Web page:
What’s up with the Reds’ rotation?

This year, the Reds are supposed to be a good team with a solid, deep rotation. So far, no dice. The Reds are only a game over .500 as I write this and they came out of the spring with two starters on the DL.

Fortunately, Homer Bailey is back and Johnny Cueto is about to be, but everyone who’s started (except maybe Bronson Arroyo) has been looking pretty shaky. But look beyond ERA and it appears that the Reds rotation is highly unlikely to keep this up.

Ignore for a moment the coming of Bailey and Cueto. First, I want to look at some team numbers. Right now, the Reds sport a team ERA of 4.59. However, their FIP is 4.19 and their xFIP is an even better 3.72. A quick look at the peripherals tells you why. The team has issued a few too many walks, but their pitchers also have struck out more than their share, so the K/BB ratio is good. The home run rate is a tad high at 12.5 percent, and there’s no reason that shouldn’t come down. Basically, the Reds as a team have simply been unlucky, but now let’s take the time to look at individuals in the starting rotation and see if we can tease out who has had the worst luck. Here’s a nice table for that:

Pitcher         IP     ERA       FIP     xFIP
Arroyo         36.2    4.17     4.44     3.73
LeCure         21.2    4.57     4.44     3.33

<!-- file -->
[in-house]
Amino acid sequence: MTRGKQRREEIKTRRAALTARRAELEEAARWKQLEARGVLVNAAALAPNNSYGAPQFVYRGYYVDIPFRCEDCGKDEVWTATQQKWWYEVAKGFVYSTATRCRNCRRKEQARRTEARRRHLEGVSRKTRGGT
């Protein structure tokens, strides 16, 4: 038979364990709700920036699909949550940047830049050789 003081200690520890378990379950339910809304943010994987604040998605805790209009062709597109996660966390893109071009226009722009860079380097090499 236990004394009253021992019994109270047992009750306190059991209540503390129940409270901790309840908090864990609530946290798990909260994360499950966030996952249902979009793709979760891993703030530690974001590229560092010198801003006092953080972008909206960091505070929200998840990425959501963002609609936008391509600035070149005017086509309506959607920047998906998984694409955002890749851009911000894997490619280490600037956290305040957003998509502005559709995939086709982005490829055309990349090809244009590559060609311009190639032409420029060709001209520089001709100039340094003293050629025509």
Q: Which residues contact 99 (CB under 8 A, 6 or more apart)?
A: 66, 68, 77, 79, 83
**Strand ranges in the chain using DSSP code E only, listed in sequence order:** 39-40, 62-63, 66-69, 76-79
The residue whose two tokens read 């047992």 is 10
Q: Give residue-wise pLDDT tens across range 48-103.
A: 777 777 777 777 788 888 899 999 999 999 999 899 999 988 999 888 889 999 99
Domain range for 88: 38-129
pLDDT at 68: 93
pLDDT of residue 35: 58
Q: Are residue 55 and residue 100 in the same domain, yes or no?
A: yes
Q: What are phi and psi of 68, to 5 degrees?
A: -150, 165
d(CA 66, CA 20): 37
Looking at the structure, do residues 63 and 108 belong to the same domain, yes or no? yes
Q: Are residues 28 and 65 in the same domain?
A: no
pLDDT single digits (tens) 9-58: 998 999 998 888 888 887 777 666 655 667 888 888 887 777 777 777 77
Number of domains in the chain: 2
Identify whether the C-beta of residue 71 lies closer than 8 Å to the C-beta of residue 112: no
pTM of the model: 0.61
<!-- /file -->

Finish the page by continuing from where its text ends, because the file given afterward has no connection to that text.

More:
Volquez        33.1    5.67     5.82     4.12
Leake          34.1    5.77     4.08     3.32
Wood           37.2    6.21     3.21     3.64

There are a few things that jump out about this table. First, Bronson Arroyo is Bronson Arroyo. He is more or less average and he’s going to be until he falls apart one of these years. He’s the definition of a No. 3 starter. The second is that Sam LeCure has done all right for someone who is, at best, seventh on the current depth chart .

After LeCure, it starts to get interesting. Look at the difference between Edinson Volquez’s FIP and xFIP. Where does that come from, you ask? How about his 24.1 percent homer/fly ball rate? His first-inning issues have been well documented, but his real problem is that absurd and unsustainable percentage. He is, frankly, a much better pitcher than he seems.

Mike Leake and Travis Wood provide a similar conundrum. Both are still very young and relatively inexperienced, so we don’t know who they really are, but every number beyond ERA says they are pretty good. The problem is that Wood and Leake both have strand rates around 60 percent and that number is about as sustainable as Volquez’s HR numbers.

Three-fifths of this rotation has been ridiculously unlucky and, as a result, the Reds have scuffled. Given that the hitting has been in line with what we’d expect (a few hitters over-performing, a few under), and that two of their better pitchers are just now getting the chance to make an impact, the Cardinals should keep an eye on the rearview mirror. I don’t think the Reds are likely to be in second for long.

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Comments

  1. Chris Cropper said...

    Good stuff as always Dr. Linden.

    I’d like to see a similar comparison with the Cardinals rotation – how sustainable is what Kyle Lohse is doing for example.

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